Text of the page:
BROOKSVILLE — The County Commission was poised on Tuesday to discuss a plan to slice impact fees so Hernando County could qualify for a piece of a one-time-only $20-million statewide fund to provide low-income housing assistance.
But that debate quickly veered into a wide array of economic stimulus programs. Finally, the commissioners put off the impact fee talk until Aug. 5, when other ideas for juicing the local economy will be offered and when the board will hear from an expert on the county's economic outlook.
A number of business-related groups — the Greater Hernando County Chamber of Commerce, the Hernando Builders Association, the Hernando County Board of Realtors and Hernando Progress — all asked the board to delay the impact fee talk.
Some of their members were also offended by remarks Commissioner Diane Rowden made in a massive e-mail to constituents on Monday urging them to attend the meeting to oppose the impact fee cuts.
Dudley Hampton Jr., president of the builders association, said the commissioner painted builders as "greedy'' and "carpetbaggers.'' He said the business community was pushing the impact fee idea because the county needs some sort of economic stimulus.
He said that if trying to keep his subcontractors working and paying their bills, selling off some of the county's surplus homes and getting new permits going is greedy, "then I'm guilty as charged.''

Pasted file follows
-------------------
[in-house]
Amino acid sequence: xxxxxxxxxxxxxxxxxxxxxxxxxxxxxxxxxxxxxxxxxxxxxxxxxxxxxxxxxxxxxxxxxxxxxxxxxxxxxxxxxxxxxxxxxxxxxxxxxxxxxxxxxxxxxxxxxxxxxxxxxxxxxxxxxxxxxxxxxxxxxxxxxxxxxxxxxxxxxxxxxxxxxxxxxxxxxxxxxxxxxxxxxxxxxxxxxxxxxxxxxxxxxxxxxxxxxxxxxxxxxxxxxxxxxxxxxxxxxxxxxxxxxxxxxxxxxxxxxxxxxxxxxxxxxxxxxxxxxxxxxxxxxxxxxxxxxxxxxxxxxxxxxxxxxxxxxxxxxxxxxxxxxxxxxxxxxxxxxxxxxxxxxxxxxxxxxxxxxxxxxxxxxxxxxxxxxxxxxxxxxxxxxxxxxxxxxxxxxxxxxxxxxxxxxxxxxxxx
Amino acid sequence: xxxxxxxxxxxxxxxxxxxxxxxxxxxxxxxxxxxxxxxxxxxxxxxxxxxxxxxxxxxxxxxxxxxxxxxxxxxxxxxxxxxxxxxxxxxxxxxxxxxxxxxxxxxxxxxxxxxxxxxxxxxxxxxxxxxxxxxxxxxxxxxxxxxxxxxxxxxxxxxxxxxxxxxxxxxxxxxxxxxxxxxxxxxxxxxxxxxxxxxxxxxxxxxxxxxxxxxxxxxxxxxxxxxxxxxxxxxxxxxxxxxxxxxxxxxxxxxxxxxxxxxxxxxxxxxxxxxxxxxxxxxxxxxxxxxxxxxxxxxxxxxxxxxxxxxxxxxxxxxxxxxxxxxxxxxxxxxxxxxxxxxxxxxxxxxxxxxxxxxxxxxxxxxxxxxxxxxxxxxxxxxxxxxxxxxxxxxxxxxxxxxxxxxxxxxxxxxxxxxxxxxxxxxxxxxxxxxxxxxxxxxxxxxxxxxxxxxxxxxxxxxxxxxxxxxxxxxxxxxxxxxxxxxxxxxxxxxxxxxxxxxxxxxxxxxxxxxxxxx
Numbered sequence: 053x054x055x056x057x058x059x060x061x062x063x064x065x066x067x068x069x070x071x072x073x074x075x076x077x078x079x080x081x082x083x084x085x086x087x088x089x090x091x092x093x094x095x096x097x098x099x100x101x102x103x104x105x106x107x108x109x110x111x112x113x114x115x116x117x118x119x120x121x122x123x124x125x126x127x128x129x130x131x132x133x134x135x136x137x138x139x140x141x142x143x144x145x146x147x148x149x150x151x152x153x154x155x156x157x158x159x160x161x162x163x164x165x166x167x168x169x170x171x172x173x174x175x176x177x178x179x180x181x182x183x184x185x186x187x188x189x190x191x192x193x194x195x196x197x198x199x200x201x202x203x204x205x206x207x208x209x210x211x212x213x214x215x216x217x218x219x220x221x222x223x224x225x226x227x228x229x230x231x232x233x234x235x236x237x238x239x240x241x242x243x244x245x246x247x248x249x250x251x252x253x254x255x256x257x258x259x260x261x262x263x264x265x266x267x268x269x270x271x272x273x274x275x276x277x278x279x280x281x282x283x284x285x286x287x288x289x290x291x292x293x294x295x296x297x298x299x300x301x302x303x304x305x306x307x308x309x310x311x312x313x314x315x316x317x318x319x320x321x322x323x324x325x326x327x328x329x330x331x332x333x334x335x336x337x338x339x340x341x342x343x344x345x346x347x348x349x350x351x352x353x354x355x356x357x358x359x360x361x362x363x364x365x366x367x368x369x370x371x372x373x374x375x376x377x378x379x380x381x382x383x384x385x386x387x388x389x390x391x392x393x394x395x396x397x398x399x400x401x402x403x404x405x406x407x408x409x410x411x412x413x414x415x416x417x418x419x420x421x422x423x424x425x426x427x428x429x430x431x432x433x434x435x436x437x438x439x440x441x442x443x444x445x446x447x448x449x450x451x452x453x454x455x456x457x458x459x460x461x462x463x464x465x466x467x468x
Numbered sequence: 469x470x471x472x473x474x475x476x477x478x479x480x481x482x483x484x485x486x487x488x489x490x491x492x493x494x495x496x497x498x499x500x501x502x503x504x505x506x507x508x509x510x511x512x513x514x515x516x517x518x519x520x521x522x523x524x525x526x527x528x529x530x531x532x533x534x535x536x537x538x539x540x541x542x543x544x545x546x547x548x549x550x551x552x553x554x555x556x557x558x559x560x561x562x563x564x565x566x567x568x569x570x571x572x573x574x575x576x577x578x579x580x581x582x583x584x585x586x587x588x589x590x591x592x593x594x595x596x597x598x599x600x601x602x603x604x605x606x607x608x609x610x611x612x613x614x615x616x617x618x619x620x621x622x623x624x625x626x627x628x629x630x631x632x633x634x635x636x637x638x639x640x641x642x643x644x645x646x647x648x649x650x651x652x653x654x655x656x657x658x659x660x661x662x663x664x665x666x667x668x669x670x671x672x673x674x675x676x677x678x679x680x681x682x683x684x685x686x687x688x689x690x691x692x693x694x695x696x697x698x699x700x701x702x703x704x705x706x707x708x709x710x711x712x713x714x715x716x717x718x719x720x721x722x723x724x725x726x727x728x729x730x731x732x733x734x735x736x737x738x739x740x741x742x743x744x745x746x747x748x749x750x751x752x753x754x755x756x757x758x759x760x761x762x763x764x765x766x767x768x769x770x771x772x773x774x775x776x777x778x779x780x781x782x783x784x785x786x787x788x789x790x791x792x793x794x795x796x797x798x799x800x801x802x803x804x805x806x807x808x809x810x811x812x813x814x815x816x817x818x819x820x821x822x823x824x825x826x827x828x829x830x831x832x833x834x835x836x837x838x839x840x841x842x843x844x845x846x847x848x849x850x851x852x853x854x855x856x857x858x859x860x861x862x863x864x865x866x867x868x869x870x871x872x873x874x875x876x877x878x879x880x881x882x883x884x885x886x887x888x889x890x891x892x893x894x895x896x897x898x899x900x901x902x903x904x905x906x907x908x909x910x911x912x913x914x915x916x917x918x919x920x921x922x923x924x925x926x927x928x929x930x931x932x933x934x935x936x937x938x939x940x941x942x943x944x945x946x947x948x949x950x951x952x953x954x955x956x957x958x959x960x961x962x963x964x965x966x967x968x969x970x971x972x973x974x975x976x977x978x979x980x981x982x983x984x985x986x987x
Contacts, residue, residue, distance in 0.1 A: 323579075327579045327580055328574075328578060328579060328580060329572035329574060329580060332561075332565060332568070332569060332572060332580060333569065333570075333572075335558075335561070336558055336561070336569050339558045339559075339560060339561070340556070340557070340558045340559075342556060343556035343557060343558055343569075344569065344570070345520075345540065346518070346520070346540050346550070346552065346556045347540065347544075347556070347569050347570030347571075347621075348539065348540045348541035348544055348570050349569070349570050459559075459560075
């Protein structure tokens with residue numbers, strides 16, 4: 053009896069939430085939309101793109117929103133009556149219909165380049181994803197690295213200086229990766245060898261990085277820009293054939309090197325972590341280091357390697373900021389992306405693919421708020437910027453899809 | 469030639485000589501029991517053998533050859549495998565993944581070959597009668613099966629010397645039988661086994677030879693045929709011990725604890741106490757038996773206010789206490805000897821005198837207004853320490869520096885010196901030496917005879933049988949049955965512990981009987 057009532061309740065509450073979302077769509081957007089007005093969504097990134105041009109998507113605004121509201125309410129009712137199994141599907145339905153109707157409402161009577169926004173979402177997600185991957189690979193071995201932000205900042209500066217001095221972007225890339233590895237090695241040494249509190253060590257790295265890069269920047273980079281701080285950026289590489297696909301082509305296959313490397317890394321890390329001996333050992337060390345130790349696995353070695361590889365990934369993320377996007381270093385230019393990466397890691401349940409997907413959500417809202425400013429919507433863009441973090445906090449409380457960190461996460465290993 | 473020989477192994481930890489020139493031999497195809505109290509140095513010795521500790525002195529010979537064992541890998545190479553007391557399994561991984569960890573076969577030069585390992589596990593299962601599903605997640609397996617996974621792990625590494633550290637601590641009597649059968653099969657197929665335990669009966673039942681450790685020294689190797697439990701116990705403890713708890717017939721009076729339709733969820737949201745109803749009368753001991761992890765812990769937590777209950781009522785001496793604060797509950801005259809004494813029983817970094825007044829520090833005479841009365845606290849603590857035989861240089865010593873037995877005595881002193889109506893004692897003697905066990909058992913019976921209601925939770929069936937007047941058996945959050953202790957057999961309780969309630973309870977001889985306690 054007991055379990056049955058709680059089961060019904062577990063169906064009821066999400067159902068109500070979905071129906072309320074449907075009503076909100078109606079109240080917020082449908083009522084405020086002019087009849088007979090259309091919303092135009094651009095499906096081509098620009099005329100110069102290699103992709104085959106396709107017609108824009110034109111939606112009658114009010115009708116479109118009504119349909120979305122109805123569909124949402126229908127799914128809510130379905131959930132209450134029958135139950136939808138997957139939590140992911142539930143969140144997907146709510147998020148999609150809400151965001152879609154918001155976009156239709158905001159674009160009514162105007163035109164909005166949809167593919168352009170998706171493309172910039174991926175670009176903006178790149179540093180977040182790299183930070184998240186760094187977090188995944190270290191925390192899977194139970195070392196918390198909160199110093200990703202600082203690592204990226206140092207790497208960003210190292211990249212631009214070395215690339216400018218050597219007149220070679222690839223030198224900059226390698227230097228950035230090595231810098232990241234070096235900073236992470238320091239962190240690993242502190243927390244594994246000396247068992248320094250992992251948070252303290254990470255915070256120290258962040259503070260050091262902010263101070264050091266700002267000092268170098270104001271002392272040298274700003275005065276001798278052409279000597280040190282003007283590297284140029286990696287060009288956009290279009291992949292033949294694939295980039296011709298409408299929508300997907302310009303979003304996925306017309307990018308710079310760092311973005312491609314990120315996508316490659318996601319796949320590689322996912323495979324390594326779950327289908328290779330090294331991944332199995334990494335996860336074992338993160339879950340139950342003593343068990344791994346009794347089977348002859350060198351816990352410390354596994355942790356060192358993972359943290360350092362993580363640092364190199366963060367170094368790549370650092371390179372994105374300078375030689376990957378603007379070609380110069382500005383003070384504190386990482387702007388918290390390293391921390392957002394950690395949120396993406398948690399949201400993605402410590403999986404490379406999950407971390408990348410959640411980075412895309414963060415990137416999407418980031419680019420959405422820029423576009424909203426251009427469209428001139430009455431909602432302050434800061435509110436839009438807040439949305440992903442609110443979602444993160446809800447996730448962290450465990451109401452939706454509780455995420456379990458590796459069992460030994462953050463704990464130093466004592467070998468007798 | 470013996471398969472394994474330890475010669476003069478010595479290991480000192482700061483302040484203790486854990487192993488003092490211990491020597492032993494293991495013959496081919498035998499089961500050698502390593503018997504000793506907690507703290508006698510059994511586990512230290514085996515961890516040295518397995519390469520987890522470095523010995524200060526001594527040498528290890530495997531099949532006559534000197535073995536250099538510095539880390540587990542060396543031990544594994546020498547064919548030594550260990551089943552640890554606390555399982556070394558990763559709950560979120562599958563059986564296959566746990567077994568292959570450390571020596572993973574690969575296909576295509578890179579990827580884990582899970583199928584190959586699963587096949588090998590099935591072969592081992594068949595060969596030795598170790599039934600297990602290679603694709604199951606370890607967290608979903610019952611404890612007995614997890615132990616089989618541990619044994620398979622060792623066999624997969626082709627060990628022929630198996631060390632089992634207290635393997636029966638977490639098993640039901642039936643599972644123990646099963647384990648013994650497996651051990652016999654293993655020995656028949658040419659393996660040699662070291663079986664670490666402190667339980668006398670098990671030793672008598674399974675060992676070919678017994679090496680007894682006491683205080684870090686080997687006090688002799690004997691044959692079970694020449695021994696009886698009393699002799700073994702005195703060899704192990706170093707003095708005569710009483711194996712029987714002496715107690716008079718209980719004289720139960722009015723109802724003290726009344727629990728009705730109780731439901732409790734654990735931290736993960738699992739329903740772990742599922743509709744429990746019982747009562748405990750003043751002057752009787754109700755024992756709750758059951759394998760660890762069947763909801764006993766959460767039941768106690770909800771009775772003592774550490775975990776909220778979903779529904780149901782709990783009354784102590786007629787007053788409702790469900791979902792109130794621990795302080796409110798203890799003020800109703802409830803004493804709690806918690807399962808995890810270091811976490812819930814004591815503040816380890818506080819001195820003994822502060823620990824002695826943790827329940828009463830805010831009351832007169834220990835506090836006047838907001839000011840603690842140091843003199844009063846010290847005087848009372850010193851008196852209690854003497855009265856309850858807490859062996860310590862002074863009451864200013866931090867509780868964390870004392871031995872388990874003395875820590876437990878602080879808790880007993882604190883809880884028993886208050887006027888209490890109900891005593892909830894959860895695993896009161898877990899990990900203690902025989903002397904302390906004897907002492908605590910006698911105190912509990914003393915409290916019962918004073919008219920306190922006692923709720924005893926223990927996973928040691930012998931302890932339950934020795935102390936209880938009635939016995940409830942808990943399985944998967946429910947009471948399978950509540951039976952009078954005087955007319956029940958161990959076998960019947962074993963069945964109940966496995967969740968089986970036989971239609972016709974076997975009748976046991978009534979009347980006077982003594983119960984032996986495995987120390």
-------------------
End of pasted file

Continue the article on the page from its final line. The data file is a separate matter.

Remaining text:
Rowden, the sole vote against delaying the impact fee discussion, said in her e-mail that cutting impact fees would only help builders and developers, and that taxpayers would have to make up for the lost income.
Builder Bob Eaton also took offense at Rowden's e-mail, pointing out that he was a part of Hernando County, living in the area for 30 years and raising his children here. He said he wanted commissioners to have the correct information to make their decisions on impact fees.
He said that information provided previously by county staff was not completely accurate. Eaton also questioned why staff gave its opinion on the idea when it was a County Commission policy decision.
Area business owner Anna Liisa Covell said she didn't care whether the commission helped the economy either by dropping property taxes or lowering impact fees, which are one-time charges on new construction, to help offset the increased impacts on government services.
"We need to put people back to work in Hernando County,'' she said. "We need a plan to do it.''
Others said more effort is needed to diversify the county's employment base and to push for jobs in different industries.
Resident Robert Monk argued that the county needed more jobs, not more homes, and he didn't believe a segment of the population should get special favors when others didn't.
"I'm not a business person. Do I get a break?'' he asked.
Brooksville resident Richard Ross urged the commission not to lower impact fees. He called the plan "special treatment to an industry that has self-destructed.''
He said the county would be better off giving a property tax break to encourage affordable housing rather than an impact fee cut to help generate more house construction in a market already flooded with houses no one is buying.
"Houses will not save this county,'' Ross said. "Building more houses in this county is ridiculous.''
Barbara Behrendt can be reached at email@example.com or (352) 848-1434.